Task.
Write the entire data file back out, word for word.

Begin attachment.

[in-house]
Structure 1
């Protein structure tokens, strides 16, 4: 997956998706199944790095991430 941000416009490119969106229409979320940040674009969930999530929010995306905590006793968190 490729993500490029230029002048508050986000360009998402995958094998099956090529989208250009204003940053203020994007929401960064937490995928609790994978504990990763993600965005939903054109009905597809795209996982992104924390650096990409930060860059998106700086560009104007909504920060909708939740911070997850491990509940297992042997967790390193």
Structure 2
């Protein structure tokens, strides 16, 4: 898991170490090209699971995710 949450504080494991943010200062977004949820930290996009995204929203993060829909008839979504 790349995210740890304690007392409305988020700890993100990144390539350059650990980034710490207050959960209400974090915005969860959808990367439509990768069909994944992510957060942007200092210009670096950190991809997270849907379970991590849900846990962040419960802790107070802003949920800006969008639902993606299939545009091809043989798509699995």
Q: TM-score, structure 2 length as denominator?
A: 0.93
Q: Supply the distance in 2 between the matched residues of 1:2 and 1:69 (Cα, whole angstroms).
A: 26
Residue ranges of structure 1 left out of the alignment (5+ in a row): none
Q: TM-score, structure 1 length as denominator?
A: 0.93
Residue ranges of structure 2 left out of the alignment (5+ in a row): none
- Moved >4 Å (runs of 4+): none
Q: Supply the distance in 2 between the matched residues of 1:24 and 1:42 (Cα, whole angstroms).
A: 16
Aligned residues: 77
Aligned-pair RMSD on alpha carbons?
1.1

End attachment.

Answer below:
[in-house]
Structure 1
């Protein structure tokens, strides 16, 4: 997956998706199944790095991430 941000416009490119969106229409979320940040674009969930999530929010995306905590006793968190 490729993500490029230029002048508050986000360009998402995958094998099956090529989208250009204003940053203020994007929401960064937490995928609790994978504990990763993600965005939903054109009905597809795209996982992104924390650096990409930060860059998106700086560009104007909504920060909708939740911070997850491990509940297992042997967790390193």
Structure 2
């Protein structure tokens, strides 16, 4: 898991170490090209699971995710 949450504080494991943010200062977004949820930290996009995204929203993060829909008839979504 790349995210740890304690007392409305988020700890993100990144390539350059650990980034710490207050959960209400974090915005969860959808990367439509990768069909994944992510957060942007200092210009670096950190991809997270849907379970991590849900846990962040419960802790107070802003949920800006969008639902993606299939545009091809043989798509699995």
Q: TM-score, structure 2 length as denominator?
A: 0.93
Q: Supply the distance in 2 between the matched residues of 1:2 and 1:69 (Cα, whole angstroms).
A: 26
Residue ranges of structure 1 left out of the alignment (5+ in a row): none
Q: TM-score, structure 1 length as denominator?
A: 0.93
Residue ranges of structure 2 left out of the alignment (5+ in a row): none
- Moved >4 Å (runs of 4+): none
Q: Supply the distance in 2 between the matched residues of 1:24 and 1:42 (Cα, whole angstroms).
A: 16
Aligned residues: 77
Aligned-pair RMSD on alpha carbons?
1.1